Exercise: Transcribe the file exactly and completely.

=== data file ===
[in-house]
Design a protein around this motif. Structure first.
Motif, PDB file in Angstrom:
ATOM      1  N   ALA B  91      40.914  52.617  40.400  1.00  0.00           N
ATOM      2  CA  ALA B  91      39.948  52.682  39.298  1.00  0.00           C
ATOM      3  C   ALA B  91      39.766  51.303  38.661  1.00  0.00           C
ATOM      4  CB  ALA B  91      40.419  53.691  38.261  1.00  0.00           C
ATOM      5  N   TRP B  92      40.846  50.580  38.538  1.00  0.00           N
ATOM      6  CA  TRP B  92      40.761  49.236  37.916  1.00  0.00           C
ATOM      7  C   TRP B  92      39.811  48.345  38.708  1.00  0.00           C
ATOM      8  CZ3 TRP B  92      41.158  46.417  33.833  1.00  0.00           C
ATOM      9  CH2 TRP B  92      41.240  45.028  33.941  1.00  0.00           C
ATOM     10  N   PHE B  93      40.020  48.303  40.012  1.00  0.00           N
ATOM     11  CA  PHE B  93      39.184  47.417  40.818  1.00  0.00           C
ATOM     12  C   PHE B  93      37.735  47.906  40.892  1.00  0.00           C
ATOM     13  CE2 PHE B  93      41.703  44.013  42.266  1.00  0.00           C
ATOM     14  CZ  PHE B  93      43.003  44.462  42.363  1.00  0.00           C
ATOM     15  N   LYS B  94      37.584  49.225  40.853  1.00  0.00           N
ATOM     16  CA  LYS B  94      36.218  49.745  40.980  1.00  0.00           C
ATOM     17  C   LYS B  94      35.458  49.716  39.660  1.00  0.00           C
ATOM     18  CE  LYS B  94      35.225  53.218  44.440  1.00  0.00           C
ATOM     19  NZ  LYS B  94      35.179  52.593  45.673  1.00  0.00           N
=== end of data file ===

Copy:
[in-house]
Design a protein around this motif. Structure first.
Motif, PDB file in Angstrom:
ATOM      1  N   ALA B  91      40.914  52.617  40.400  1.00  0.00           N
ATOM      2  CA  ALA B  91      39.948  52.682  39.298  1.00  0.00           C
ATOM      3  C   ALA B  91      39.766  51.303  38.661  1.00  0.00           C
ATOM      4  CB  ALA B  91      40.419  53.691  38.261  1.00  0.00           C
ATOM      5  N   TRP B  92      40.846  50.580  38.538  1.00  0.00           N
ATOM      6  CA  TRP B  92      40.761  49.236  37.916  1.00  0.00           C
ATOM      7  C   TRP B  92      39.811  48.345  38.708  1.00  0.00           C
ATOM      8  CZ3 TRP B  92      41.158  46.417  33.833  1.00  0.00           C
ATOM      9  CH2 TRP B  92      41.240  45.028  33.941  1.00  0.00           C
ATOM     10  N   PHE B  93      40.020  48.303  40.012  1.00  0.00           N
ATOM     11  CA  PHE B  93      39.184  47.417  40.818  1.00  0.00           C
ATOM     12  C   PHE B  93      37.735  47.906  40.892  1.00  0.00           C
ATOM     13  CE2 PHE B  93      41.703  44.013  42.266  1.00  0.00           C
ATOM     14  CZ  PHE B  93      43.003  44.462  42.363  1.00  0.00           C
ATOM     15  N   LYS B  94      37.584  49.225  40.853  1.00  0.00           N
ATOM     16  CA  LYS B  94      36.218  49.745  40.980  1.00  0.00           C
ATOM     17  C   LYS B  94      35.458  49.716  39.660  1.00  0.00           C
ATOM     18  CE  LYS B  94      35.225  53.218  44.440  1.00  0.00           C
ATOM     19  NZ  LYS B  94      35.179  52.593  45.673  1.00  0.00           N